Need to Know, June 25, 2010

This week on Need to Know, we look at America’s wars and their consequences. Former NOW correspondent Maria Hinojosa checks in on three families who have struggled with the burden of caring for veterans with traumatic brain injuries. The Pentagon now estimates that as many as one in five American soldiers returns from battle with a traumatic brain injury, or TBI. And the toll on families can be devastating.

Then we range beyond America’s shores to find a story you won’t see much in the headlines this week: the state of Iran’s fragile democracy. One year after the disputed presidential election there, Need to Know takes a rare inside look at President Mahmoud Ahmadinejad’s Iran, his nuclear ambitions and the citizens who support or criticize him. We also talk to Hooman Madj, an author and journalist just back from a reporting trip to Iran, about whether democracy can indeed flourish there.

Plus, Andy Borowitz is back from the World Cup in South Africa, and he takes a look at the terrible performance of the English team. And by English team, he means the top executives at BP, of course.

 

Comments

  • Pat

    I cannot Leave a Comment in any program, because my IP is Blocked this is the new world order?

  • Kathryn Cox

    Words cannot adequately express how this segment moved me. I experienced anger, frustration, uncertainty but most of all pride in the wives and family members who so love their husband and son that they were going to pursue every avenue possible to get the care and possibly cure for their husbands rendered incommunicable and incapacitated due to traumatic brain injuries. What we saw were extraordinary people handling excruciating tasks to keep their loved ones connected to their loved ones. Are they the exceptional ones or does this dedication exist across the broad spectrum?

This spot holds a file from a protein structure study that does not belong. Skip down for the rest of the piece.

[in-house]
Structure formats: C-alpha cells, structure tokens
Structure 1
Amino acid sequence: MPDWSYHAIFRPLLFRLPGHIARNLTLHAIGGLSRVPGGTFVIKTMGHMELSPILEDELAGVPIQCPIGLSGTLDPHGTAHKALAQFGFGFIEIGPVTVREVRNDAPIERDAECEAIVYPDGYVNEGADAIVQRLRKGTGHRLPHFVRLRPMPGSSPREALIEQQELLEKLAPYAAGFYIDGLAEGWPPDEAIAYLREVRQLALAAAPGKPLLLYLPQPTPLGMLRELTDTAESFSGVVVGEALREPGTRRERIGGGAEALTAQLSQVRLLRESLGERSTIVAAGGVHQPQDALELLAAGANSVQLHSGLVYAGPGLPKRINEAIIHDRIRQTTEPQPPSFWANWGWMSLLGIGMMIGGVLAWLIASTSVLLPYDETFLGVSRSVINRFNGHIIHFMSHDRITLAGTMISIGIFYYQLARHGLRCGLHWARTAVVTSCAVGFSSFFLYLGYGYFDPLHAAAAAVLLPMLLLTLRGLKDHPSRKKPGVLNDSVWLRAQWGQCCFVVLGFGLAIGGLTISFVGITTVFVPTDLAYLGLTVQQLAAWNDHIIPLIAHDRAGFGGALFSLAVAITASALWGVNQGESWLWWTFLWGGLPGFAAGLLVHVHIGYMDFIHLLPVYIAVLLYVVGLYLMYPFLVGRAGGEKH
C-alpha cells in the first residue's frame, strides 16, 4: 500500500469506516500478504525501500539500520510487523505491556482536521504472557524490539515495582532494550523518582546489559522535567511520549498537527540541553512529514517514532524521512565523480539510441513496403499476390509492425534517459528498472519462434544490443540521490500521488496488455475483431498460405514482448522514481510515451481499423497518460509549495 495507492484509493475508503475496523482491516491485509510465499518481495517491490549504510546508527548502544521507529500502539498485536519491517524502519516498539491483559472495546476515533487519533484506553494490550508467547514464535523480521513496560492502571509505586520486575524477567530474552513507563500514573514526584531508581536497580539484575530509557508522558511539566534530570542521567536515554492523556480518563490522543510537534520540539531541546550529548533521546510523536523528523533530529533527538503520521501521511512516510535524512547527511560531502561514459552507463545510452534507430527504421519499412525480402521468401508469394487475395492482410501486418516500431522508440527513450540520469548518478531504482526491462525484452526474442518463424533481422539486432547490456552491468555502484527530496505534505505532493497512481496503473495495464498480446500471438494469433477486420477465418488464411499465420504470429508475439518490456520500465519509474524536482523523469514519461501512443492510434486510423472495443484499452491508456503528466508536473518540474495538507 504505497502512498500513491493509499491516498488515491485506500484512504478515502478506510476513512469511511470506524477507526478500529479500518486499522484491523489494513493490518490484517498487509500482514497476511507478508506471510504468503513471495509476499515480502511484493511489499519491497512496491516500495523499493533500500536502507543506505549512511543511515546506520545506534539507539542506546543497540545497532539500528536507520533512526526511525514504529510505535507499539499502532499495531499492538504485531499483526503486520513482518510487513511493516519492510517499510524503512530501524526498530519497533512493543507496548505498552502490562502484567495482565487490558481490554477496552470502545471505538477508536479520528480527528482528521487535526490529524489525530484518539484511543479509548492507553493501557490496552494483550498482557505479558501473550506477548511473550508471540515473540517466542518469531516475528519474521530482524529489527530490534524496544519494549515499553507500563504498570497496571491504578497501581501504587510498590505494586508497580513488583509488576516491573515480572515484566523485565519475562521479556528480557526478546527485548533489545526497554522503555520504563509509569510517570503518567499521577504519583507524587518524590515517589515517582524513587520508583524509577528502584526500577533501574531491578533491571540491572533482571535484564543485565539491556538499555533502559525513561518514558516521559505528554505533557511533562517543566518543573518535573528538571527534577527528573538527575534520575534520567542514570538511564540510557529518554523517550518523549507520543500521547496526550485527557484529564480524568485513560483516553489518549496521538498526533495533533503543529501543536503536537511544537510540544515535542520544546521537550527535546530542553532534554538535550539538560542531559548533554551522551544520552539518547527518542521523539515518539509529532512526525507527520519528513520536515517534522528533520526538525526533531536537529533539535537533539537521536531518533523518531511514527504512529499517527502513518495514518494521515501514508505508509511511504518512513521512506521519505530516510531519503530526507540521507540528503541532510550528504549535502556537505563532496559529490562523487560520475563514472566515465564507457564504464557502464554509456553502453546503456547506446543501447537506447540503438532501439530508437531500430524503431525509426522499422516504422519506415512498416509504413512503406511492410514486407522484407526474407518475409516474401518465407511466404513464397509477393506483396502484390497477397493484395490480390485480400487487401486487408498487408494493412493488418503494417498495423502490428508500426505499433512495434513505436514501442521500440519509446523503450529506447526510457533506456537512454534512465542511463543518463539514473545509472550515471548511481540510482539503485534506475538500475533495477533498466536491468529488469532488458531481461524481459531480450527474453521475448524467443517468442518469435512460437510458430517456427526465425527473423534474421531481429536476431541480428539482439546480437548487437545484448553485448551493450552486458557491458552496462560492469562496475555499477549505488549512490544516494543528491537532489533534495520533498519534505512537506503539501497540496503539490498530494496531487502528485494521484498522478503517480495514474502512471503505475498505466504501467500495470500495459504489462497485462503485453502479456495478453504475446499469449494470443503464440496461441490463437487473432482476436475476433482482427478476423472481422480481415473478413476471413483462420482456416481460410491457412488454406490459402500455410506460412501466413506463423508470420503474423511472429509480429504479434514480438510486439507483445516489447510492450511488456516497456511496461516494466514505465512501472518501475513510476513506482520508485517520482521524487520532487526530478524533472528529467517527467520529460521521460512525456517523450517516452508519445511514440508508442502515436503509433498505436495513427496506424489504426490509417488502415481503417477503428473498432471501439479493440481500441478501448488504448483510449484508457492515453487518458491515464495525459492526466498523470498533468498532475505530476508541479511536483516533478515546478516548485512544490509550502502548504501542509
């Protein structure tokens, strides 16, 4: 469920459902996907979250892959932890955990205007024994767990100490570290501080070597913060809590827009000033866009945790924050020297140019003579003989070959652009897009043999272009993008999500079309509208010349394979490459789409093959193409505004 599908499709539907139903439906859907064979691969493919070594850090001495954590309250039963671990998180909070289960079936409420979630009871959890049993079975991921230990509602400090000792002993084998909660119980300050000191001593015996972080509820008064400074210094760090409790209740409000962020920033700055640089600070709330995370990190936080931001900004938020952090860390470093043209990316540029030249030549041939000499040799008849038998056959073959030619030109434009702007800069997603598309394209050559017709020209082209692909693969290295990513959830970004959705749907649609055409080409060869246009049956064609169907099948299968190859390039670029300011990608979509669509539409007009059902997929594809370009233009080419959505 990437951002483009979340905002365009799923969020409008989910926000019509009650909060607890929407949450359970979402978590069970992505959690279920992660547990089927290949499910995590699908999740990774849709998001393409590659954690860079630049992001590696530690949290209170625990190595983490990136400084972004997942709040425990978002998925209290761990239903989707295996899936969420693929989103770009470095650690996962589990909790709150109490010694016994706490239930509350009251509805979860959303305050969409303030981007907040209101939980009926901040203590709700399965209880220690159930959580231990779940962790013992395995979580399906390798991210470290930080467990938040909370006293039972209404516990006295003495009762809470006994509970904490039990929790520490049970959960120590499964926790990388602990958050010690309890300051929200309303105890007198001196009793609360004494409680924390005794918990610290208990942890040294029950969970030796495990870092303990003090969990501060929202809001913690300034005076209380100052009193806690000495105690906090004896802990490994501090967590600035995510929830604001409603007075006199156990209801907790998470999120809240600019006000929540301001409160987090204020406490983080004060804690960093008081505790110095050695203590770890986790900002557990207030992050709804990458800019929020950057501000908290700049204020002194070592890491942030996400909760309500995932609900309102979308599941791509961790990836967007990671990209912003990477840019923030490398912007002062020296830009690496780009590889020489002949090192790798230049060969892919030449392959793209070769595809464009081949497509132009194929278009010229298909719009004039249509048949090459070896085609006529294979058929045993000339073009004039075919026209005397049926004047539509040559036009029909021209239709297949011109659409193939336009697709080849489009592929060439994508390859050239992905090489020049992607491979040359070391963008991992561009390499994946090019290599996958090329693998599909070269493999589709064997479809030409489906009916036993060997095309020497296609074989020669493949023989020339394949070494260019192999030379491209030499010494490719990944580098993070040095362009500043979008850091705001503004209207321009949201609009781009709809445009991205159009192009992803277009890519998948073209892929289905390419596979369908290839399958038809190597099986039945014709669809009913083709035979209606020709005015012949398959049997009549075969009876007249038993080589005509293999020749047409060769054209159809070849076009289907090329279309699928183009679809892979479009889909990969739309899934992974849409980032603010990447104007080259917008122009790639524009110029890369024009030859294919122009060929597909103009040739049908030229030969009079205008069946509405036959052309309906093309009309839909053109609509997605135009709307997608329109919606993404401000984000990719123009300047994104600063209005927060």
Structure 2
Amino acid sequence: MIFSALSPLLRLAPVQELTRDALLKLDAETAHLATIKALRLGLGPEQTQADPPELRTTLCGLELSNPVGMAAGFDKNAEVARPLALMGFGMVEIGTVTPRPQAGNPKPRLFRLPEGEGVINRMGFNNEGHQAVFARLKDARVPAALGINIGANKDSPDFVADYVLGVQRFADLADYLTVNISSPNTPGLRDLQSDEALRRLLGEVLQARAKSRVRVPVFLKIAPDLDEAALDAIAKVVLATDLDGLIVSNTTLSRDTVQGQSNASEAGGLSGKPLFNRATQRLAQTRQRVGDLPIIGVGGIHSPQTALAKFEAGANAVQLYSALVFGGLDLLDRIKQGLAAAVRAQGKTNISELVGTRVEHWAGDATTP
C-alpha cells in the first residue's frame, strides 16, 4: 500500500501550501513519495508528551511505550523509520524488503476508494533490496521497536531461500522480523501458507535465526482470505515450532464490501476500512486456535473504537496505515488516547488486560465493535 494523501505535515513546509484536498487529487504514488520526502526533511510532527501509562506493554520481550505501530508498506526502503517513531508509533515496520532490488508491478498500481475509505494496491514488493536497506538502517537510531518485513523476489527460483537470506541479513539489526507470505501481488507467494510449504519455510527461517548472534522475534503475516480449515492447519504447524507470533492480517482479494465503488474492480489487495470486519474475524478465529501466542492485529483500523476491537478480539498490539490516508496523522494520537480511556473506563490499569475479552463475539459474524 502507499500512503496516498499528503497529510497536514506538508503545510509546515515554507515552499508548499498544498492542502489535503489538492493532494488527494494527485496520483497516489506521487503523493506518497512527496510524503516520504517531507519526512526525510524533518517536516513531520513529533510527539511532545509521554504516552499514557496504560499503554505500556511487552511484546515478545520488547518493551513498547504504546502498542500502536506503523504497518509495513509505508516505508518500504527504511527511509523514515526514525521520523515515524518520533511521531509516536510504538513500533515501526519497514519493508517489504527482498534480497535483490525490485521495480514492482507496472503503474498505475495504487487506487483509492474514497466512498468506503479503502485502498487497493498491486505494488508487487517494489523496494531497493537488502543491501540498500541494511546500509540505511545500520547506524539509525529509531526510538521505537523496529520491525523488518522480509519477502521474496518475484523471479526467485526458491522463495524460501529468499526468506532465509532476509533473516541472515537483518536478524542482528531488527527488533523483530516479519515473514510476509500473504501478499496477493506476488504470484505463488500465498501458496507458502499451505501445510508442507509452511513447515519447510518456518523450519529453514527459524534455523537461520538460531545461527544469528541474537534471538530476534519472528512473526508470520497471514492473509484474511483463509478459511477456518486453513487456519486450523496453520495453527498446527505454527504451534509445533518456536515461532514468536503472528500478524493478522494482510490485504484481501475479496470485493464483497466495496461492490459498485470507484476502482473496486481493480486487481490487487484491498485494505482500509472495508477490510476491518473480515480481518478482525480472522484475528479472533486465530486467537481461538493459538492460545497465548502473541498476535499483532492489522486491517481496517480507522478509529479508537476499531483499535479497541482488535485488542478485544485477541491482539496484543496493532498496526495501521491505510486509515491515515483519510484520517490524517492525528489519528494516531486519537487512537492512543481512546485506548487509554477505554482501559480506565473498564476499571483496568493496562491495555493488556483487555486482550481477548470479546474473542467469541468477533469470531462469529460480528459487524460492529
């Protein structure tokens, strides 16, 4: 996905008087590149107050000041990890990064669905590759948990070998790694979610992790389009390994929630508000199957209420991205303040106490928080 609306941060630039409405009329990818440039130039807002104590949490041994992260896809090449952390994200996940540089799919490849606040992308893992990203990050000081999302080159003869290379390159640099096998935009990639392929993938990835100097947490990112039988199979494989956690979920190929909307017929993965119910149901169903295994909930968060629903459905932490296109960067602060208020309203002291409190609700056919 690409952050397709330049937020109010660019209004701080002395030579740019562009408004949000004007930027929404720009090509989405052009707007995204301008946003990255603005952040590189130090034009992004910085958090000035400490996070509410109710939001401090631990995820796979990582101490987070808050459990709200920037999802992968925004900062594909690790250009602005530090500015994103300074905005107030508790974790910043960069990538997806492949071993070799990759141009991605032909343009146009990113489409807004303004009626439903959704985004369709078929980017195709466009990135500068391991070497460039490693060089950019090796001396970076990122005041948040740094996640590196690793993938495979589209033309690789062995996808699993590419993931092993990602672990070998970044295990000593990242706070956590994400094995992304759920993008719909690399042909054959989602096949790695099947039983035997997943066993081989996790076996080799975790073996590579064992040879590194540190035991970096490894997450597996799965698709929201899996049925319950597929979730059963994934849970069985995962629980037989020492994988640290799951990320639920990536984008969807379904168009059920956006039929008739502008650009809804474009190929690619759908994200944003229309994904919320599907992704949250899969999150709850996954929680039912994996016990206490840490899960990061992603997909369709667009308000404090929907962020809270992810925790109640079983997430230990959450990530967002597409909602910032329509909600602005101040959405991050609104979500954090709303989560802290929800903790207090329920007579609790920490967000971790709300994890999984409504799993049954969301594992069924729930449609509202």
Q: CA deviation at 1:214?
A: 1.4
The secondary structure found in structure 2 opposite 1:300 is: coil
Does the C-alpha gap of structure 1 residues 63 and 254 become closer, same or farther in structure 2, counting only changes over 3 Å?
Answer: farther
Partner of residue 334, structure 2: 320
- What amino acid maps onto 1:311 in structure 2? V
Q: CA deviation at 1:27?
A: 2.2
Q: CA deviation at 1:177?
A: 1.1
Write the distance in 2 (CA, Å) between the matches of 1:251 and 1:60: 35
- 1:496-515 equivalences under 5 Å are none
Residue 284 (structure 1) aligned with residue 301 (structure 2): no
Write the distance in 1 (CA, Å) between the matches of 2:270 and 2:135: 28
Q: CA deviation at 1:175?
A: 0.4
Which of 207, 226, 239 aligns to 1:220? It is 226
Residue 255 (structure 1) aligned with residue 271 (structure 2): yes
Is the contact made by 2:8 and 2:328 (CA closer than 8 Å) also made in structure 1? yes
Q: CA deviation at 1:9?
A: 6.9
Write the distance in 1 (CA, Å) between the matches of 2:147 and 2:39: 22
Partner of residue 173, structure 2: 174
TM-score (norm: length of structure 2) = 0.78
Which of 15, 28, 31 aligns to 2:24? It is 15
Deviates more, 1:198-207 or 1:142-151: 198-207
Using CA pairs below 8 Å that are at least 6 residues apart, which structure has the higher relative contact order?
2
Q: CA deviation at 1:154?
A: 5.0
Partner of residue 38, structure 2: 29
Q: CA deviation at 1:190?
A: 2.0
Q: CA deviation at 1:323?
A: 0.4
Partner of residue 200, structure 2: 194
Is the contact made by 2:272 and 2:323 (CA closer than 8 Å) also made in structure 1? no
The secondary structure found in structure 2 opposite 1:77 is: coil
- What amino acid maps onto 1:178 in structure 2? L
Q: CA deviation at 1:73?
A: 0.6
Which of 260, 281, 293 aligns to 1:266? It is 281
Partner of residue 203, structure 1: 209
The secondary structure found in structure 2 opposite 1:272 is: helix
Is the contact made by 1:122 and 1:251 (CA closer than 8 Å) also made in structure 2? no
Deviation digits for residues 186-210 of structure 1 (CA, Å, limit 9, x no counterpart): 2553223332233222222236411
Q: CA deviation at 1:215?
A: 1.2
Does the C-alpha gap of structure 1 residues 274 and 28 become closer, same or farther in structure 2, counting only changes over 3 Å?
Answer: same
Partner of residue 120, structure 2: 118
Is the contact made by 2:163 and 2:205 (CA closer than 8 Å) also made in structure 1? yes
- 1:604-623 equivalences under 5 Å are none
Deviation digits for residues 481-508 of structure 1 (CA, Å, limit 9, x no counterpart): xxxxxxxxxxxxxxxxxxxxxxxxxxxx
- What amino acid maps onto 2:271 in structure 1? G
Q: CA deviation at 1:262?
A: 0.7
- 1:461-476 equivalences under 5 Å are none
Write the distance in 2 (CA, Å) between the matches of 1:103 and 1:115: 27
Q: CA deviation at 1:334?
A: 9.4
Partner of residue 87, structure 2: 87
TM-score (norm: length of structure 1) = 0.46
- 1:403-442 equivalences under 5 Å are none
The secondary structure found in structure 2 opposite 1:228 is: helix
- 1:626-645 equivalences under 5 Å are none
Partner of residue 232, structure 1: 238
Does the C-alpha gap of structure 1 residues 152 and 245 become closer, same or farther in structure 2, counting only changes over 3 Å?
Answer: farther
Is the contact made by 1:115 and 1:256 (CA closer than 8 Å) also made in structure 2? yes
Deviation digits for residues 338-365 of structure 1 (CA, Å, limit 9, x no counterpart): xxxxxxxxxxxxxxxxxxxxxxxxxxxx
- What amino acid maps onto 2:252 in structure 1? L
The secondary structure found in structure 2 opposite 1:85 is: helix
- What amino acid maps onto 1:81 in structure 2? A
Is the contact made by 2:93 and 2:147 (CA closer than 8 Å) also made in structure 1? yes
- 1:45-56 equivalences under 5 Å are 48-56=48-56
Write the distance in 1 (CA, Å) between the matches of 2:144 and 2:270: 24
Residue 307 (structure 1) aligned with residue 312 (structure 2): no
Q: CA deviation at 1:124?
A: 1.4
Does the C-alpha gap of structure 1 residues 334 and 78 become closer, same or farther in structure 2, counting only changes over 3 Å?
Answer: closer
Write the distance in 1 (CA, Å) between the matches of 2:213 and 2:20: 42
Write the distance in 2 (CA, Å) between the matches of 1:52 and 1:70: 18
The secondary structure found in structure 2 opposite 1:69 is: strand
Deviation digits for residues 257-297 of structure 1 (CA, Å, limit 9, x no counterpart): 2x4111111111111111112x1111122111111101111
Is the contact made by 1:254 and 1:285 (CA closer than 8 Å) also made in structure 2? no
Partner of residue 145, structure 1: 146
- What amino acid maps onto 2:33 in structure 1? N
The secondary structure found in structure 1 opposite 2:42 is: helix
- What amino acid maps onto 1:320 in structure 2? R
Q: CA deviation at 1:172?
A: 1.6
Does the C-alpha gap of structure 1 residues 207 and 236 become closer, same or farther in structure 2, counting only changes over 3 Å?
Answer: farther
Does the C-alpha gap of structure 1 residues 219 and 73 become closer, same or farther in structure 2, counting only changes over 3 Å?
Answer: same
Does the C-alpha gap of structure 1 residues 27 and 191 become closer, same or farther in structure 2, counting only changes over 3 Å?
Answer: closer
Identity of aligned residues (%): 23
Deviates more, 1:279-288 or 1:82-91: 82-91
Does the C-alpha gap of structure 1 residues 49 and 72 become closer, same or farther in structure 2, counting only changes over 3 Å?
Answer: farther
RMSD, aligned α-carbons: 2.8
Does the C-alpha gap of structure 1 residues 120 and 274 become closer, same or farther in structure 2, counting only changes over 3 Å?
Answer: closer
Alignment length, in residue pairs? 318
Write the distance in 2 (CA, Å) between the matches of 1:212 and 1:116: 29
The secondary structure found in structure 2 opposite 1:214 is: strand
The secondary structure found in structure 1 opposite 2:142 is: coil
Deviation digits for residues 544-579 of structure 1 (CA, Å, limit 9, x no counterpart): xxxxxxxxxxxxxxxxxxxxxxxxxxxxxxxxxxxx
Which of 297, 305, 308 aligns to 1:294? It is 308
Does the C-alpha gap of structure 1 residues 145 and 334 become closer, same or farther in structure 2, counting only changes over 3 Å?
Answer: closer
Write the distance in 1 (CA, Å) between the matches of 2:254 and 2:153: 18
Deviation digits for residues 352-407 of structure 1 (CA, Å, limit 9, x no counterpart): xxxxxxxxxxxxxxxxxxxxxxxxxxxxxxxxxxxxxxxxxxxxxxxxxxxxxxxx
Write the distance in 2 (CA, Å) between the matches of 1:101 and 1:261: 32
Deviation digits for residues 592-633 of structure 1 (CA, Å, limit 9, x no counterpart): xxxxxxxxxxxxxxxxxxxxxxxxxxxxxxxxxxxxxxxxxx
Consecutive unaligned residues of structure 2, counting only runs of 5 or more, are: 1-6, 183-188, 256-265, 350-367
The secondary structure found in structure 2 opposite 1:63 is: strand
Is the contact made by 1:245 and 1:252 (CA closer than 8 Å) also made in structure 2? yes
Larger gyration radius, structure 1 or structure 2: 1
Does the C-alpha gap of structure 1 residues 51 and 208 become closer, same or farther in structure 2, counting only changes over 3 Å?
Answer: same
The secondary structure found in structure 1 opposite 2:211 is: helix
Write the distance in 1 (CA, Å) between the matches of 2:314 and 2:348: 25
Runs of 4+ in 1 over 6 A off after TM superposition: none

I am so torn with my emotions. I never supported the Iraq War nor do I support President Obama and his policies for this current foray in Afghanistan. I see no end in sight and just more stories like this one. Just where is our country headed? These two women are headed for Sainthood as far as I’m concerned. As the young woman who so eloquently spoke at Brown University’s graduation, no matter what may happen to us and what trials and tribulations, we may confront, know that you will never be alone. This segment of Need To Know was outstanding and eye opening.

  • Danny Marcum